“Oops. I’m sorry.” “I’m sorry but, I have a question.” “I’m sorry, I don’t think I can come out tonight.”
Many of us tend to pepper our days with these two little words in hopes of keeping the peace in our own little microcosm. Some might call us people-pleasers. But, this tendency to apologize to and over-apologize for others can become habitual. We apologize for ourselves, for things beyond our control, for friends, for family and even for rude strangers. But apologizing all the time is actually hurting you more than it is helping anyone else.
When you apologize profusely, you are essentially claiming that everything is your fault—even if you don’t feel so on a conscious level. You can begin to be viewed as submissive—as a pushover, more or less. This can have some unfortunate side effects on your psyche, including reduced confidence. Your own self-worth can begin to sink over time.
Instead, before apologizing, ask yourself if you actually did something wrong. If you did, then apologize by all means. But, if you are in the clear, don’t apologize just to tidy up the situation and make it less awkward. That’s not doing justice to your self-worth.
Still a little foggy on when it’s okay to say sorry? Here are 4 times you should definitely rethink apologizing:
You’re asking a question.
Stop apologizing for asking questions. There are no stupid questions. By prefacing with an apology, you are putting down your own intelligence before you even give yourself a chance. This not only reduces your self-confidence, but also the confidence your colleagues reserve for you.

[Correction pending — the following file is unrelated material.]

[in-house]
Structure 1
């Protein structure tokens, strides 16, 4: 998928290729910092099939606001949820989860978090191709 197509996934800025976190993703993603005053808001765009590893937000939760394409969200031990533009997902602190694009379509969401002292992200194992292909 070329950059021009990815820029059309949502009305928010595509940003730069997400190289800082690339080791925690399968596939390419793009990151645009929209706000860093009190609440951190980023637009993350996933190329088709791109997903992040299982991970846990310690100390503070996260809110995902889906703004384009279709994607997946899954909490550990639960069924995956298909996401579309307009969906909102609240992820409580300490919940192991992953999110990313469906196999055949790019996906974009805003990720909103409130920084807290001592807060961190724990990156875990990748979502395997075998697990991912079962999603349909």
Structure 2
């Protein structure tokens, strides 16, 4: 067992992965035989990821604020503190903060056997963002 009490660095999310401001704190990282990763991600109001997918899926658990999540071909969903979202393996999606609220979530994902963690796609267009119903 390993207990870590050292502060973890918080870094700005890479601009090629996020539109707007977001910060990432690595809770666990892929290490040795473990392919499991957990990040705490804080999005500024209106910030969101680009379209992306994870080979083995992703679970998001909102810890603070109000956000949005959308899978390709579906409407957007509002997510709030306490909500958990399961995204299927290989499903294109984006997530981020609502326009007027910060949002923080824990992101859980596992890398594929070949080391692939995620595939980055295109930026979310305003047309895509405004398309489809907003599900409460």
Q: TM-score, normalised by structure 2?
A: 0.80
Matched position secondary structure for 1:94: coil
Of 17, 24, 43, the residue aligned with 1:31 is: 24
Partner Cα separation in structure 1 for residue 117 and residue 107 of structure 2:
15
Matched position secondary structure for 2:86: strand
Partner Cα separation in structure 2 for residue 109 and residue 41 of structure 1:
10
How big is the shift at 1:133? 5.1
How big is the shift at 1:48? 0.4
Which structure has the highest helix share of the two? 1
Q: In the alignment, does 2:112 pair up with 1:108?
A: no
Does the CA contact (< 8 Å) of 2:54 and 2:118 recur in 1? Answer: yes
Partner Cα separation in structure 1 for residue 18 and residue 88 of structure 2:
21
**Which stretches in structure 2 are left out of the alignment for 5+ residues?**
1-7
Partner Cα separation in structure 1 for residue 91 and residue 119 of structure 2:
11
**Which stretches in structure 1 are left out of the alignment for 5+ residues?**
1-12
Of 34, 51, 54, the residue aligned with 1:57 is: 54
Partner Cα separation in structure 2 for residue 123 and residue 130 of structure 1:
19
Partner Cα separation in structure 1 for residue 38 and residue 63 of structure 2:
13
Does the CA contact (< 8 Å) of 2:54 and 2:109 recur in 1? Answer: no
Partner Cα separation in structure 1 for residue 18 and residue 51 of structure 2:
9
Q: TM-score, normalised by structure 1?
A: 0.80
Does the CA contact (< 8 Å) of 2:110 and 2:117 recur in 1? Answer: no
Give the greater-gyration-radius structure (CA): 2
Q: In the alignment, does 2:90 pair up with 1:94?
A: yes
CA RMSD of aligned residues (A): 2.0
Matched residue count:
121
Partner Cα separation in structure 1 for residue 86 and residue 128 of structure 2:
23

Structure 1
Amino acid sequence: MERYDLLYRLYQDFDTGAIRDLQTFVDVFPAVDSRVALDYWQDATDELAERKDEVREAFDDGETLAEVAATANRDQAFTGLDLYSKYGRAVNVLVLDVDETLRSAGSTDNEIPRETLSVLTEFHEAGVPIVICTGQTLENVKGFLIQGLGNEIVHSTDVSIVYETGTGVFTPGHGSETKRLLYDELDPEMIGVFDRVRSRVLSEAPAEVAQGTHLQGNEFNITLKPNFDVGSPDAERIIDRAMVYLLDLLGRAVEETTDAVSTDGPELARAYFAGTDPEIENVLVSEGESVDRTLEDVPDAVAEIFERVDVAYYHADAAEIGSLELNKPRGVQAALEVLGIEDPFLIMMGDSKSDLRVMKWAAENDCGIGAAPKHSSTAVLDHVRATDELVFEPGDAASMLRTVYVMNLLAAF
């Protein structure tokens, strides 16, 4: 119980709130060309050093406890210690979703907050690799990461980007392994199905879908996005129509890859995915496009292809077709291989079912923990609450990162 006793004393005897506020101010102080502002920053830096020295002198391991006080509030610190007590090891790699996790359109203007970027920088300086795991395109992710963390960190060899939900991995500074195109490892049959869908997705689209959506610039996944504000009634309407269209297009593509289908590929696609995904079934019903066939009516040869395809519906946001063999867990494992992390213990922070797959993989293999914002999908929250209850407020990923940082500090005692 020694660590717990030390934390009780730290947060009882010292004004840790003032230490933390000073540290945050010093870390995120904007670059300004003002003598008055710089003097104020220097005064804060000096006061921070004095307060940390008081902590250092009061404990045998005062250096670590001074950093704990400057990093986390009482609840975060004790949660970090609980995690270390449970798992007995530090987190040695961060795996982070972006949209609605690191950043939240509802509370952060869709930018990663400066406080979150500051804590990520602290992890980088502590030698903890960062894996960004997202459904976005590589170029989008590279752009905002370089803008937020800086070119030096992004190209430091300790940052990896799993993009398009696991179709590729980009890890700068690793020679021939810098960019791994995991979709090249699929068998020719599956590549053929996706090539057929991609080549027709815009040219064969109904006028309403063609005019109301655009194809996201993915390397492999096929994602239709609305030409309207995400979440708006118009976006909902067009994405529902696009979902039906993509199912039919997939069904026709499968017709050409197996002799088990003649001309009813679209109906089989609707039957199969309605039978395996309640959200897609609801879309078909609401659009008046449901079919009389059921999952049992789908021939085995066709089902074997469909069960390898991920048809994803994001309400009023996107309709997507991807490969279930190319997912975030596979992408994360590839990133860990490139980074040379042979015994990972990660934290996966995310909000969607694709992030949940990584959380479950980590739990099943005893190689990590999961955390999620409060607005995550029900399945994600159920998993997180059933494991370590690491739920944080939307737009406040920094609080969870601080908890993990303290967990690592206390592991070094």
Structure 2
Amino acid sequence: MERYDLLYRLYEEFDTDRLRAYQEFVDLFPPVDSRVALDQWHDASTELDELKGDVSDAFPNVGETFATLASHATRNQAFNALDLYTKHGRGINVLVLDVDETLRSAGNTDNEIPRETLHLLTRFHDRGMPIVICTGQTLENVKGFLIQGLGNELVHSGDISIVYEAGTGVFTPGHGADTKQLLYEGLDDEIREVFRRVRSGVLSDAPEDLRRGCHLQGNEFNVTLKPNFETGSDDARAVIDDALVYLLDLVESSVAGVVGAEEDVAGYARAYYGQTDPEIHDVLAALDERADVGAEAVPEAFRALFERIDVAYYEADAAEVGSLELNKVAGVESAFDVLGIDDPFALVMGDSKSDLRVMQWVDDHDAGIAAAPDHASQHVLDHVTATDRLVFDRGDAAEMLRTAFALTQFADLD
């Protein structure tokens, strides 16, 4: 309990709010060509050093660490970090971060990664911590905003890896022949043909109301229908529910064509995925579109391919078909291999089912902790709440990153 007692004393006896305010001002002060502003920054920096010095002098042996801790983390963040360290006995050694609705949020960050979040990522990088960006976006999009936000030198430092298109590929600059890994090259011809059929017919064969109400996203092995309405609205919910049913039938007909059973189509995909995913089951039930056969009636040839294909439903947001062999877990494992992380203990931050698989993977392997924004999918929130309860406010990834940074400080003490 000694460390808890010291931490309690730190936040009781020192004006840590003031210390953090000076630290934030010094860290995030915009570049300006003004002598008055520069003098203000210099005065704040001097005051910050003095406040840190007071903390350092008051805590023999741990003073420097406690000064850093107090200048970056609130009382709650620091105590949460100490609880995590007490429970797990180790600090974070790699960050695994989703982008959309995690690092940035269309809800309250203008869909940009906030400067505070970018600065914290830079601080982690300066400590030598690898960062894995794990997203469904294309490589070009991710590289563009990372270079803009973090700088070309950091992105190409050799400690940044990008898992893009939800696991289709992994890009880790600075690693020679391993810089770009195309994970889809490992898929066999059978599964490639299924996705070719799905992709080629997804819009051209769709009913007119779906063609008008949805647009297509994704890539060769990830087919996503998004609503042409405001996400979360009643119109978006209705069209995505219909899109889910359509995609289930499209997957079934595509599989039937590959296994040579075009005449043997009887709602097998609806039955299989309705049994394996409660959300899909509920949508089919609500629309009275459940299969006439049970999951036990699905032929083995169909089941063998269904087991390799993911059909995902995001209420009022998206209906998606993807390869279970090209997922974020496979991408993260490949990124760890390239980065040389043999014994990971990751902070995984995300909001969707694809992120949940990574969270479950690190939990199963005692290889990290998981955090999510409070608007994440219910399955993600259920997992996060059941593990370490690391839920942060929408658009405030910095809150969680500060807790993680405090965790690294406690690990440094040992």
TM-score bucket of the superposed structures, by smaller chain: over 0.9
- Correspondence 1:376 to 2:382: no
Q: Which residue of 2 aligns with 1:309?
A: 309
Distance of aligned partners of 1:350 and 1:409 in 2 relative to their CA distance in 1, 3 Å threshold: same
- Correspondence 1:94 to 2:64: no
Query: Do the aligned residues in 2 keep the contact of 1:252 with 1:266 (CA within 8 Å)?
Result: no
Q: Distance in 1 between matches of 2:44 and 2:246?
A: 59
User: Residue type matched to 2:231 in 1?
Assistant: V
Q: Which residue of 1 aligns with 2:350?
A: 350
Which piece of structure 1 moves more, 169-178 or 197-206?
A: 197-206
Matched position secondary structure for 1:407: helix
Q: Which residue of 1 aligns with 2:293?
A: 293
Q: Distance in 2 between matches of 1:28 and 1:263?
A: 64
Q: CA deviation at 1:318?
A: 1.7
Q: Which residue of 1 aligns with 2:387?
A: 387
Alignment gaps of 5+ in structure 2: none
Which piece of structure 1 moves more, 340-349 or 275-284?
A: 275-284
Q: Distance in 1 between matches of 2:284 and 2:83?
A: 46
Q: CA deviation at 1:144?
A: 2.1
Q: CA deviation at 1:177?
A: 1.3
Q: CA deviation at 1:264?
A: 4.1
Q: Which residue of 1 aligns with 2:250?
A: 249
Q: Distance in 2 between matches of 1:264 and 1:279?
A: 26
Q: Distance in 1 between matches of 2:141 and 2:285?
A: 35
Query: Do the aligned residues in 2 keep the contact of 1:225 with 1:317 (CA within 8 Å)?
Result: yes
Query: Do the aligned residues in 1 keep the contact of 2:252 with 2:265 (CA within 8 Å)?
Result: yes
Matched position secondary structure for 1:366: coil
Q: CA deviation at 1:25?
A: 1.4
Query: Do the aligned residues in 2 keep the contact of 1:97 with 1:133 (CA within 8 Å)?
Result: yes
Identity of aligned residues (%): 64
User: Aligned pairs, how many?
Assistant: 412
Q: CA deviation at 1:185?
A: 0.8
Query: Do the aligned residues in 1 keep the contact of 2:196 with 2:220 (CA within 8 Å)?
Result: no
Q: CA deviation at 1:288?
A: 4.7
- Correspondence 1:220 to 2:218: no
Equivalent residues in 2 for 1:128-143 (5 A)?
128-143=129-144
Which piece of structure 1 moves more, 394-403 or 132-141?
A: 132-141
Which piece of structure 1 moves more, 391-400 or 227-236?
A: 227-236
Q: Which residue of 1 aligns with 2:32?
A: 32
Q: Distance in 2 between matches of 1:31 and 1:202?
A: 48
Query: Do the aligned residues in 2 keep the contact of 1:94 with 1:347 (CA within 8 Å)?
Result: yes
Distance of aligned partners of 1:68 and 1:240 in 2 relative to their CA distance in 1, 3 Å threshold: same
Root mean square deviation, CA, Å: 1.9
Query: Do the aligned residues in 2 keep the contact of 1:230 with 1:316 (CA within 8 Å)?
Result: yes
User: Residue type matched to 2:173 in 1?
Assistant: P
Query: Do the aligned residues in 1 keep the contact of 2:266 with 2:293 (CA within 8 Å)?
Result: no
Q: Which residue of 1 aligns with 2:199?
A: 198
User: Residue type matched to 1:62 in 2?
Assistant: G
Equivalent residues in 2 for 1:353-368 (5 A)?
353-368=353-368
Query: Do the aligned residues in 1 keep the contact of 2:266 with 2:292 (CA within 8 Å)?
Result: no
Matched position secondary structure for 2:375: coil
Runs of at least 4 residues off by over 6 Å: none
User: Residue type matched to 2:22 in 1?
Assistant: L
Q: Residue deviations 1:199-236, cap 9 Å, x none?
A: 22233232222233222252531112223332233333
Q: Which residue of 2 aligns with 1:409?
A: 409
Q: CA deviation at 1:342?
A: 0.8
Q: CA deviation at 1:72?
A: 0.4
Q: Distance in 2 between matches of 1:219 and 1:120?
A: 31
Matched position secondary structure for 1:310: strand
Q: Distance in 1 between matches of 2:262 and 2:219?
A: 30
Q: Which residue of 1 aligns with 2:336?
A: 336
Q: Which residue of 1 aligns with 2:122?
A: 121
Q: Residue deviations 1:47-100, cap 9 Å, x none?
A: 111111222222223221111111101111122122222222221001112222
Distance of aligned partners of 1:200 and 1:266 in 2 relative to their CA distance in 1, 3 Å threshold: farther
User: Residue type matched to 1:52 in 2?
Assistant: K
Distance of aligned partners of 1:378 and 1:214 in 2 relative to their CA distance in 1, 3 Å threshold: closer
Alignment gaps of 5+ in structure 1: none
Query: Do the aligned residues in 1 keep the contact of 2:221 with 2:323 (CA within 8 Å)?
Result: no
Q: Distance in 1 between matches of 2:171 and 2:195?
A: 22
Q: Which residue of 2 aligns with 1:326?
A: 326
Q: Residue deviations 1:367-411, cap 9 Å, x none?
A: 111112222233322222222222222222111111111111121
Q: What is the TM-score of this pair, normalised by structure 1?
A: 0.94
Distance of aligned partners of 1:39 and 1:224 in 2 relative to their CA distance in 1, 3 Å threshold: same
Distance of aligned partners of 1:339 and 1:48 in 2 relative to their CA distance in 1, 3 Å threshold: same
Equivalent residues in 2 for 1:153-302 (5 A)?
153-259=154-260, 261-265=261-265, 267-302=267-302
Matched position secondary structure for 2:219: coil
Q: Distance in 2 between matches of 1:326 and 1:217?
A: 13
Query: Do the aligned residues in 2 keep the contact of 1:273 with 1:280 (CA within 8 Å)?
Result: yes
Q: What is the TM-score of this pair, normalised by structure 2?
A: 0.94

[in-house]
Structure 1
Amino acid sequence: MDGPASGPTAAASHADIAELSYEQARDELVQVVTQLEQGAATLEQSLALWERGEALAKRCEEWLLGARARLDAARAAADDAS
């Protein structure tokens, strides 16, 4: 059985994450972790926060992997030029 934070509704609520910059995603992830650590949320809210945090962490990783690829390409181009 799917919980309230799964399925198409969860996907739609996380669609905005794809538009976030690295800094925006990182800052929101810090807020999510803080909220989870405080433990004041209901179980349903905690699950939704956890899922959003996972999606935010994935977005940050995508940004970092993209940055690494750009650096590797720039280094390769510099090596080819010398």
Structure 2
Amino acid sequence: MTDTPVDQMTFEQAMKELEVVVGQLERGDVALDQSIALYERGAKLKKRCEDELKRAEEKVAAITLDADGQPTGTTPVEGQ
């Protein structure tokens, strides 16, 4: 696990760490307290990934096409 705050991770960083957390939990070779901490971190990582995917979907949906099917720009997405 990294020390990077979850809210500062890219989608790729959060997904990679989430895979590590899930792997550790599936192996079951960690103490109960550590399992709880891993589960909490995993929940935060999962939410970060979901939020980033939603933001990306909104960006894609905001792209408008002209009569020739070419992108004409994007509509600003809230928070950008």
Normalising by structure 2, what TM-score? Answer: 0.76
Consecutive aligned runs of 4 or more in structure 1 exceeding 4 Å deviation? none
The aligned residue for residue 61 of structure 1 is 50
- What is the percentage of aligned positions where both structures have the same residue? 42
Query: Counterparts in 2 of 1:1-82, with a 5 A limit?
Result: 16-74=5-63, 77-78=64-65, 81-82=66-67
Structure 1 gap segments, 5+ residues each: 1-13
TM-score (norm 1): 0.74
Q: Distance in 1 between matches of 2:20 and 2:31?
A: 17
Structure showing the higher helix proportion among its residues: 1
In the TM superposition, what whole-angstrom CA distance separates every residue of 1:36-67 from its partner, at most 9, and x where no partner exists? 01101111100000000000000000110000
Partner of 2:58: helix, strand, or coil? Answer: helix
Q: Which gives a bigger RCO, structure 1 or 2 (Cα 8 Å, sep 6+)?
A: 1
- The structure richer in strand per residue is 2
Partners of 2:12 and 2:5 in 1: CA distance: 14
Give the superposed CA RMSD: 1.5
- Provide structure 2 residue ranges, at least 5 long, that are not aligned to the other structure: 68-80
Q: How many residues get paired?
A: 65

You need to put yourself first.
If you need to spend a night in, don’t apologize for giving yourself what you need. Sometimes, we all need nights to ourselves, whether you go for a solo evening paddle on the lake or snuggle into your couch with a good book. If your friends invite you out on Friday and you don’t feel up to it, just politely say ‘no thanks’. No need to apologize. You’ve done nothing wrong.
Someone bumped into you.
A lot of us automatically say “oh, I’m sorry” when someone bumps into us. While you don’t have to mutely stare them down until they cower at your feet, you could opt for a healthier phrase such as ‘excuse me’ or ‘pardon’. This simple swap still resolves the situation politely, but keeps you from taking the blame on yourself.
You took a reasonable amount of time to respond.
If someone needs you instantly, they can try to call. People who get upset when you don’t reply to their texts or emails need to find something else to fill their time. If you don’t see a text until 6 hours after it was sent, don’t apologize. There is no need for an explanation (in most circumstances). Just reply and move on. It’s your life and your time. Don’t apologize for how you choose to spend it.
You look tired/sad/unkempt/et cetera.
If you are in the habit of apologizing for your appearance, stop it! Own yourself. You are you. You are beautiful. We all have good days and tougher ones. No need to apologize for simply being an imperfect human.
Obviously, if you’ve screwed up and wronged someone, an apology is certainly in order. But if you are a “sorry” addict, try tagging the phrase with “that happened,” so you now say ”I’m sorry that happened.” That way, you are removing any unwarranted blame and responsibility from yourself. Apologies are meaningless to the receiver if they are not heartfelt, meaning chronic apologies are only damaging your self-confidence and self-assuredness. Go on an apology diet, and see how you feel.
Do you find yourself in the habit constantly apologizing? Do you find it difficult to stop? Share your story below.
src : care2.com
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